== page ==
Deborah Boily began her professional career at the Williamstown Theater Festival in l974 and has been working as an actress and singer ever since playing lead roles in Blood Brothers, A New Brain, Jacques Brel is Alive and Well and Living in Paris, Open Window, Closer Then Ever, Merrily We Roll Along, Blue Window, appearing in the West End in London, Off Broadway, Regional Theaters in the U.S.
In l989 Deborah began her Cabaret career with a one-woman show entitled "I Always Wanted to be French". Two subsequent Cabaret shows of French popular song were created and the best of these shows was complied into her second CD "The French Collection". Deborah has taken these shows to Canada and the Edinburgh Festival as well as key cities in the U.S.
Since 1993, Deborah has been a headliner with such cruise lines as Seabourn, Silver Seas, Radisson-Seven Seas and Paquet Cruises performing her various one woman shows in both French and in English.
After moving to Paris in l994, Deborah was featured performer at the Hotel Westminster singing none other than songs from the American songbook!! Two years in London followed where she performed at every Cabaret room in the city and recorded her debut album entitled "The Song Remembers When" before heading back to the U.S.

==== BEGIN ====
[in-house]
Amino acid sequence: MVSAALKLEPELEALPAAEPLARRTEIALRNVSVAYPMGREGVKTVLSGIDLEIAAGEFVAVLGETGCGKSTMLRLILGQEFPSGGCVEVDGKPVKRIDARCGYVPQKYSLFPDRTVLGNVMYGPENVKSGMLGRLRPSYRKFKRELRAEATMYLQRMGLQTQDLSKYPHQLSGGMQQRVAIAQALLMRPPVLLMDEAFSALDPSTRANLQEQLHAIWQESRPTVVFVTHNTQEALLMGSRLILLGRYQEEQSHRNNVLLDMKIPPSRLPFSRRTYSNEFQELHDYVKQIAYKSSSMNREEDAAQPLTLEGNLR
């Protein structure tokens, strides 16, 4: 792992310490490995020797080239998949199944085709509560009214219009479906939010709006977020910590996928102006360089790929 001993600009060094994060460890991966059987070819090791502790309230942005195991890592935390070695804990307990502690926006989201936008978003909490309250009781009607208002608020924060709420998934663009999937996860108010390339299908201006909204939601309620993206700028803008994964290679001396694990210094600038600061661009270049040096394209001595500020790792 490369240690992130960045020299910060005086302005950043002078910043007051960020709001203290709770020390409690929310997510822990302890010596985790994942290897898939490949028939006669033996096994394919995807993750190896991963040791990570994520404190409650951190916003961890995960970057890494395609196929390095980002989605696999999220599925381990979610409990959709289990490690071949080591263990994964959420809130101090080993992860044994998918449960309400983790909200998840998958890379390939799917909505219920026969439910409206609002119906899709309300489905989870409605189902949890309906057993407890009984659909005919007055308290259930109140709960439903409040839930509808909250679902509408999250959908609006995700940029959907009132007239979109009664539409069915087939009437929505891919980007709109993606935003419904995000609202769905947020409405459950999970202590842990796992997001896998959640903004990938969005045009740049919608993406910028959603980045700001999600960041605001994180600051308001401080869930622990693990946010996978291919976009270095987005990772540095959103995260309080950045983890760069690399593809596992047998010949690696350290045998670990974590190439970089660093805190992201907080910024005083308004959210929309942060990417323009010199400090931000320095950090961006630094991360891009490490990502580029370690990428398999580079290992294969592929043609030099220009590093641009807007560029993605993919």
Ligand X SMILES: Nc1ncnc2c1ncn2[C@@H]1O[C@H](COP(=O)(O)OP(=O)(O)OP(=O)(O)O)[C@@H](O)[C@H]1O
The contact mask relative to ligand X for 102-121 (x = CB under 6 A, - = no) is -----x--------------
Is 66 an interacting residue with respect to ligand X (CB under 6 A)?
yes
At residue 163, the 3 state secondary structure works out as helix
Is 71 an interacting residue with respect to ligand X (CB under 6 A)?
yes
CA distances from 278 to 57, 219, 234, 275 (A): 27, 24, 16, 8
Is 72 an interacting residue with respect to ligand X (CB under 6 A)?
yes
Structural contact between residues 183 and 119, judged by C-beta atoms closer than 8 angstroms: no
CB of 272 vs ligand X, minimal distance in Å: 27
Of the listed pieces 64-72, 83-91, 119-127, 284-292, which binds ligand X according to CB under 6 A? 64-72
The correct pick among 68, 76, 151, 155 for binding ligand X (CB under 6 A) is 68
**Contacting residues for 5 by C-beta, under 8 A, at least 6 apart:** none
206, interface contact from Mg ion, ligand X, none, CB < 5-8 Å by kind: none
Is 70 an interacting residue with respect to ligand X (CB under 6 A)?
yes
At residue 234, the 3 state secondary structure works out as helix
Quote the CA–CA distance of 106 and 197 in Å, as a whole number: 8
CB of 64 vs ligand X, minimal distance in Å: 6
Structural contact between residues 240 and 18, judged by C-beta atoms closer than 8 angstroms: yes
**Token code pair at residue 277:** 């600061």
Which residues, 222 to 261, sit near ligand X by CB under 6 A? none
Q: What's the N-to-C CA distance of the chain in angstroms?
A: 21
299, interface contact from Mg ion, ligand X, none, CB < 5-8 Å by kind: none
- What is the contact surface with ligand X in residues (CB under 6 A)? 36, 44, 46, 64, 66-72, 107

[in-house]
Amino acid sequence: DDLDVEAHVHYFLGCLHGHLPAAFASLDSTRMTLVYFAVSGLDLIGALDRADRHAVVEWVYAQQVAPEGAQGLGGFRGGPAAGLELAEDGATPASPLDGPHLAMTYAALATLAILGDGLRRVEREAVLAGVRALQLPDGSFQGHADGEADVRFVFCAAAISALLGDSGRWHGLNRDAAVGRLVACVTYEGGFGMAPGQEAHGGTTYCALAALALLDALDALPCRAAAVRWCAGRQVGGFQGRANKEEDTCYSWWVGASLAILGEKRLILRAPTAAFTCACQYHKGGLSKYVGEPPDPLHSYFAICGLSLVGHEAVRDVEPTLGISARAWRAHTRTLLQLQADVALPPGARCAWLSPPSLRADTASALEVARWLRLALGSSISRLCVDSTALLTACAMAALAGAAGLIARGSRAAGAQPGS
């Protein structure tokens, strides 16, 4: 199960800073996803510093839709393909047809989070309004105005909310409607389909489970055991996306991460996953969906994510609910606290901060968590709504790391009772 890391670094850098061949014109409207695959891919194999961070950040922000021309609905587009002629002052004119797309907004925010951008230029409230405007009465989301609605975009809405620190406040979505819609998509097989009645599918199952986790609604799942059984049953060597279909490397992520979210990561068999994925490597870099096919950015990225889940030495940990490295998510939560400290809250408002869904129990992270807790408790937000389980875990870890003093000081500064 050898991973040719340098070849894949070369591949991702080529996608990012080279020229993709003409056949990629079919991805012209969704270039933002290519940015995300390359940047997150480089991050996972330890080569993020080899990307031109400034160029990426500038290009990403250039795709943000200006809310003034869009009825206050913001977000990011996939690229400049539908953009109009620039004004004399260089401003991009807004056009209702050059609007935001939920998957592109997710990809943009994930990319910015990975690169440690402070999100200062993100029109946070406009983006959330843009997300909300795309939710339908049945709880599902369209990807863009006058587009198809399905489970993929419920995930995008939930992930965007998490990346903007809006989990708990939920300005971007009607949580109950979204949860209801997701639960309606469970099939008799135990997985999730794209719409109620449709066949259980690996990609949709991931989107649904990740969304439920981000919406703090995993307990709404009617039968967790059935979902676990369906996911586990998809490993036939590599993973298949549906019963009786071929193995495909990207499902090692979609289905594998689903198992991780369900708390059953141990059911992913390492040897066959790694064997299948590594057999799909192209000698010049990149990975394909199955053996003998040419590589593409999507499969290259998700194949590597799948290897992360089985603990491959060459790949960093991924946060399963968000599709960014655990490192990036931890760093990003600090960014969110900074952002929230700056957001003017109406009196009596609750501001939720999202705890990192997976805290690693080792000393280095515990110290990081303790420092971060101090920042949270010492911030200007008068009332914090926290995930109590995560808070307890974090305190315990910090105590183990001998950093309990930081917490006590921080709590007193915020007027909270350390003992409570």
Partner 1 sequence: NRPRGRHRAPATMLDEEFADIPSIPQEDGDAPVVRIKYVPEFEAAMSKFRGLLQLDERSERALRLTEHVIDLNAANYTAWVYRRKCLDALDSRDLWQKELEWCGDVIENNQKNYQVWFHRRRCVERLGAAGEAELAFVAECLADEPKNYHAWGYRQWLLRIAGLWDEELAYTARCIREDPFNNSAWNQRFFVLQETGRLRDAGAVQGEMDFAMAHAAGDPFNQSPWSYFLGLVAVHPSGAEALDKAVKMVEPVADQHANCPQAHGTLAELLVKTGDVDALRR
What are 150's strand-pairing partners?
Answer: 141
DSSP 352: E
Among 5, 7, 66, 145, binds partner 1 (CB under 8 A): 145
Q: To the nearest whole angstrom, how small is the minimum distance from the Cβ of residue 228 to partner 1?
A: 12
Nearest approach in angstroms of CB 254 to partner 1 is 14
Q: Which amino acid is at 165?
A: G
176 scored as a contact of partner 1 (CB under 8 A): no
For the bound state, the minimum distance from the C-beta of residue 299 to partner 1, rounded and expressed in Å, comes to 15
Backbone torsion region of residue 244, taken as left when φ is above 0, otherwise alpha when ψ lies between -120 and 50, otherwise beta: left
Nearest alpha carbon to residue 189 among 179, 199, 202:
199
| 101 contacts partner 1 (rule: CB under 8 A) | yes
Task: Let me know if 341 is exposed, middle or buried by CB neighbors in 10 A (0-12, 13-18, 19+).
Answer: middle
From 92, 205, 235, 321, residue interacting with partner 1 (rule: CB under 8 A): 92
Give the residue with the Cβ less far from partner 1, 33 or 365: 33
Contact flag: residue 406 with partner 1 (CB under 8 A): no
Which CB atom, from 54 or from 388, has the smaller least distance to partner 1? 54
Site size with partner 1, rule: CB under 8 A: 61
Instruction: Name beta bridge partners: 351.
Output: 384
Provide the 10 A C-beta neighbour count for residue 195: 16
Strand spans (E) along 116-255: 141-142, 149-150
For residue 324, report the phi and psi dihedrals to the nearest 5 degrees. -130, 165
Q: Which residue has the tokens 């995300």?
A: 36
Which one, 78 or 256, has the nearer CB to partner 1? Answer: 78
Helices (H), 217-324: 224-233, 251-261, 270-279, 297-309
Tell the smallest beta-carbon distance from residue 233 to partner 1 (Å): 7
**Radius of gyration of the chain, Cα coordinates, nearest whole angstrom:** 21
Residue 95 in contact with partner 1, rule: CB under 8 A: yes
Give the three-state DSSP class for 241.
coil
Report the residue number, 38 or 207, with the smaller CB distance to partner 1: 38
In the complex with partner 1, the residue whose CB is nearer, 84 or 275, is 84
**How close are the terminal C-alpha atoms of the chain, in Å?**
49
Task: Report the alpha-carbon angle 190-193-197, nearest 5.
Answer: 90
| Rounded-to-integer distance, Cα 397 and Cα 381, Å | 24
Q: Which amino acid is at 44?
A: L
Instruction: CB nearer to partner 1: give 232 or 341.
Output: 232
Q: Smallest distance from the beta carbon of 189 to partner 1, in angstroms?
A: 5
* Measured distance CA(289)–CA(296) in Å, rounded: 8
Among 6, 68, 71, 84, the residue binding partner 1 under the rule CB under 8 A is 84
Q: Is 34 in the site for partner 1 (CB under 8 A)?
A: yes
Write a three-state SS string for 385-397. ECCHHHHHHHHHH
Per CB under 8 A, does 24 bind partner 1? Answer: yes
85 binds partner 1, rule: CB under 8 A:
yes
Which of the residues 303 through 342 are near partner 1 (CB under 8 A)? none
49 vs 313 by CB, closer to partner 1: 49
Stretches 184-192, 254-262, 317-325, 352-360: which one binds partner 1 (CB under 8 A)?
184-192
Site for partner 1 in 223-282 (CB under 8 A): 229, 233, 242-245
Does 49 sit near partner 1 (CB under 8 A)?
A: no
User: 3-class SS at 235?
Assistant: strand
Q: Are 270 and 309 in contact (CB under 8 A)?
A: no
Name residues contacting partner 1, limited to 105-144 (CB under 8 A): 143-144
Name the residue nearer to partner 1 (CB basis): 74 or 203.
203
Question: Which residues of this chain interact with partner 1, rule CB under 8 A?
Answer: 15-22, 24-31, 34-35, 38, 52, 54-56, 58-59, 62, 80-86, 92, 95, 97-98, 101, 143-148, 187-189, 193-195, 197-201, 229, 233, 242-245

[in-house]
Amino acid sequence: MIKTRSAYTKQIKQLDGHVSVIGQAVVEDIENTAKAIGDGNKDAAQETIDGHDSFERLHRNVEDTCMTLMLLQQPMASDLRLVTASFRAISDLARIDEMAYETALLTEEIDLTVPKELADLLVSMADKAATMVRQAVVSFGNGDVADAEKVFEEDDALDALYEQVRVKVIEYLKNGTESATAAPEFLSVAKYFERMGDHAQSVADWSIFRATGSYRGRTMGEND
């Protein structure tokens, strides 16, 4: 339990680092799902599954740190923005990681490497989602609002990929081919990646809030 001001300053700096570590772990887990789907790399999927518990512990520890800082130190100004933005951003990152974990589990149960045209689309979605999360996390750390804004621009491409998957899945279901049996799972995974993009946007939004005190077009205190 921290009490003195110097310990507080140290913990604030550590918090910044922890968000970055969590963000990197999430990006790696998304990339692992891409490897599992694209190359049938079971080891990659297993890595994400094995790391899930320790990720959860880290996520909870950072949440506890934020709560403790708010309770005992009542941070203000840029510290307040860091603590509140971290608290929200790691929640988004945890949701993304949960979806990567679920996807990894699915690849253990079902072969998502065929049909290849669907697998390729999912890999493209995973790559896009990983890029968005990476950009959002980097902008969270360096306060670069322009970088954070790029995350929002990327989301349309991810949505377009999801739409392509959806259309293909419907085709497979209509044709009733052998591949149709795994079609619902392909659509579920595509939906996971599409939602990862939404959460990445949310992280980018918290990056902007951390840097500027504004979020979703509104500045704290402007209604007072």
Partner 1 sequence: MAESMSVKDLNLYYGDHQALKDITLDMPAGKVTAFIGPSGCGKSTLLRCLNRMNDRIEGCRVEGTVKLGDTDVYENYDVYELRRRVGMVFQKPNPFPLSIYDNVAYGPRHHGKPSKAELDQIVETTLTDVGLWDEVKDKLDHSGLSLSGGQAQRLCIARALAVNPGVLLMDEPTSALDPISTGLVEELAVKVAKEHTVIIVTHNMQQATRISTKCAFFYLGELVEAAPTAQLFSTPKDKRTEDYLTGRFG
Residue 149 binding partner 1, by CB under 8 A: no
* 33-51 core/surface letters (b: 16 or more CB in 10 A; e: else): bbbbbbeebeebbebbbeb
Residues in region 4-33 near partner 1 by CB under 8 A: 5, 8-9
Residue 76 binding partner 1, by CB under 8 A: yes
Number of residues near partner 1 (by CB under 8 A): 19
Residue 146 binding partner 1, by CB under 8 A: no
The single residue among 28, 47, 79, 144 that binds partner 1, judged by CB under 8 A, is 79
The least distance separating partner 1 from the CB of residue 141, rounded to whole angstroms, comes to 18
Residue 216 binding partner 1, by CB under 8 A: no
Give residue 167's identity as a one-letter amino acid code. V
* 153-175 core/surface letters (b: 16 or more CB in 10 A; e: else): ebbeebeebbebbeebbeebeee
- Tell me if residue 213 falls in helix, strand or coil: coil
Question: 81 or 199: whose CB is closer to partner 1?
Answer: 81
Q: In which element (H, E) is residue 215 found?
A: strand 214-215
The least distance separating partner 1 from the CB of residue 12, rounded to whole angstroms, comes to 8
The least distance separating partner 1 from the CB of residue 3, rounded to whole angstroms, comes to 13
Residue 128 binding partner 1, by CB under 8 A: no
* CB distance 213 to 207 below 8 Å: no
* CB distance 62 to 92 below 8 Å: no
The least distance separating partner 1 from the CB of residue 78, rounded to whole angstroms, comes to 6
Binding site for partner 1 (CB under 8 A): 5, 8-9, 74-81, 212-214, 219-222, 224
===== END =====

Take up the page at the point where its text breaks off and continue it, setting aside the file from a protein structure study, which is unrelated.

In 2001, Deborah starred in a play written for her entitled: "Piaf inVienna" and received enthusiastic reviews for her work as an actress as well as a songstress of the music of Edith Piaf.
Deborah's version of "Lies of Handsome Men" ( on The Song Remembers When) was the version chosen by its composer, Francesca Blumenthal, as her favorite. She was also sited by radio host Jonathan Schwartz as one of the 5 most musical women (in company with Linda Ronstadt and Judy Collins).
Deborah performed her show "I've Got my Standards...Now & Then" at London's Jermyn Street Theatre and at Le Petit Journal Montparnasse in Paris this year. The show has since been revised and renamed "Thank You for the Music". It was recorded "live" in June of 2003. A celebration of standards, the show's theme culminates from Deborah's believe that a standard is not just a song written in the '40's by Gershwin and his collegues, but much more ...